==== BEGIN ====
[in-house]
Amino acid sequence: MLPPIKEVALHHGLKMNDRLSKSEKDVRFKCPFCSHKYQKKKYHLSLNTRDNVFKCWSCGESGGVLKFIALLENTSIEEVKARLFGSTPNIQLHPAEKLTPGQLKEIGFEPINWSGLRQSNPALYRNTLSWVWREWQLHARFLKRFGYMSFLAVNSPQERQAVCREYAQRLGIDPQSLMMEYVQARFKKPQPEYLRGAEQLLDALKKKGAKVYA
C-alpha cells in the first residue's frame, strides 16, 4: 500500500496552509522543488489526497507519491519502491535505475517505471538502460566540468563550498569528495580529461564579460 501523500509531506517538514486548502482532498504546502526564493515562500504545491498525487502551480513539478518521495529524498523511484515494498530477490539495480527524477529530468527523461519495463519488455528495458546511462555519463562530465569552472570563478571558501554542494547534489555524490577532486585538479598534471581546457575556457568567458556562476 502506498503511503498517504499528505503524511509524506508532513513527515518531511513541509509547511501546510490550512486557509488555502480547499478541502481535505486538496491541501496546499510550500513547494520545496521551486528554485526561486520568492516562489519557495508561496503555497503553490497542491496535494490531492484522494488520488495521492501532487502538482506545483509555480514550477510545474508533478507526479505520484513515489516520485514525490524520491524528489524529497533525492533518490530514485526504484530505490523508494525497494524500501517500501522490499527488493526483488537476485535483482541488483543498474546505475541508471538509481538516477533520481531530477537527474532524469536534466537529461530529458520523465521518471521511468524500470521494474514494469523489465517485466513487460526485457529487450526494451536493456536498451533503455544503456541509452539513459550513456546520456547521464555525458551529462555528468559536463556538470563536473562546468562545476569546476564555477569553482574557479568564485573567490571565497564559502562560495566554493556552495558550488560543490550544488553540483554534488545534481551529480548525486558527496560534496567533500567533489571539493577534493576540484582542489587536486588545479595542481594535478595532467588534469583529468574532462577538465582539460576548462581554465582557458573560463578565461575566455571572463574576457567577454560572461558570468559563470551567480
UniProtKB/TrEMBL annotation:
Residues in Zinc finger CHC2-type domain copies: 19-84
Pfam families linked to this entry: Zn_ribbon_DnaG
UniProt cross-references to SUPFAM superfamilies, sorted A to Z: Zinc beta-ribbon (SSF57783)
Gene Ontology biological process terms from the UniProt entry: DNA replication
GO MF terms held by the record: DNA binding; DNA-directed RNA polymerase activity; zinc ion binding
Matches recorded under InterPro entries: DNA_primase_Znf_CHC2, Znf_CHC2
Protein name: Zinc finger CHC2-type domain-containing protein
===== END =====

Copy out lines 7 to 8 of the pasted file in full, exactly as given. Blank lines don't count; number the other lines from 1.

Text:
UniProt cross-references to SUPFAM superfamilies, sorted A to Z: Zinc beta-ribbon (SSF57783)
Gene Ontology biological process terms from the UniProt entry: DNA replication